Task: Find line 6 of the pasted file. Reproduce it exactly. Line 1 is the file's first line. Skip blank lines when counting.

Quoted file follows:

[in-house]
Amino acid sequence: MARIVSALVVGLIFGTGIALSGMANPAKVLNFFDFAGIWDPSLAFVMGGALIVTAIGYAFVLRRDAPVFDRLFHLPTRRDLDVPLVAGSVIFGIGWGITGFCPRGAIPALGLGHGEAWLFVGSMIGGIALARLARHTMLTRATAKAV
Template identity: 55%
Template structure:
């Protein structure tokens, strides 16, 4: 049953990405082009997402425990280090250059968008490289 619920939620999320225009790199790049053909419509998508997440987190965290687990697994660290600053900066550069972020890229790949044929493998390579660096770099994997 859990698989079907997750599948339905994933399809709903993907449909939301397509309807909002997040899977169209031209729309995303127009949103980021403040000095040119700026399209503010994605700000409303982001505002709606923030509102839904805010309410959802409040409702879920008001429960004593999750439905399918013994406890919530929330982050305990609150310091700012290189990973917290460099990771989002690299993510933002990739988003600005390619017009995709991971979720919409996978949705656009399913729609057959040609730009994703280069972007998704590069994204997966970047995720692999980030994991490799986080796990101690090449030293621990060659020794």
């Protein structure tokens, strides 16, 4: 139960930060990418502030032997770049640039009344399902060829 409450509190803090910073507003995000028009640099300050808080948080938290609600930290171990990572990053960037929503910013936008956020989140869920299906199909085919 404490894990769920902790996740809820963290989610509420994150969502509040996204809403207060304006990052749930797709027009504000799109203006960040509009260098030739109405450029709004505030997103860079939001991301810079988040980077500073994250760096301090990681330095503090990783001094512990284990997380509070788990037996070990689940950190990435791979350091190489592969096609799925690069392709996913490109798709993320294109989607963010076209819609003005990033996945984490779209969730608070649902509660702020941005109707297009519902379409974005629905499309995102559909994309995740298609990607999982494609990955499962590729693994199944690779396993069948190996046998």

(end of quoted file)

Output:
């Protein structure tokens, strides 16, 4: 139960930060990418502030032997770049640039009344399902060829 409450509190803090910073507003995000028009640099300050808080948080938290609600930290171990990572990053960037929503910013936008956020989140869920299906199909085919 404490894990769920902790996740809820963290989610509420994150969502509040996204809403207060304006990052749930797709027009504000799109203006960040509009260098030739109405450029709004505030997103860079939001991301810079988040980077500073994250760096301090990681330095503090990783001094512990284990997380509070788990037996070990689940950190990435791979350091190489592969096609799925690069392709996913490109798709993320294109989607963010076209819609003005990033996945984490779209969730608070649902509660702020941005109707297009519902379409974005629905499309995102559909994309995740298609990607999982494609990955499962590729693994199944690779396993069948190996046998």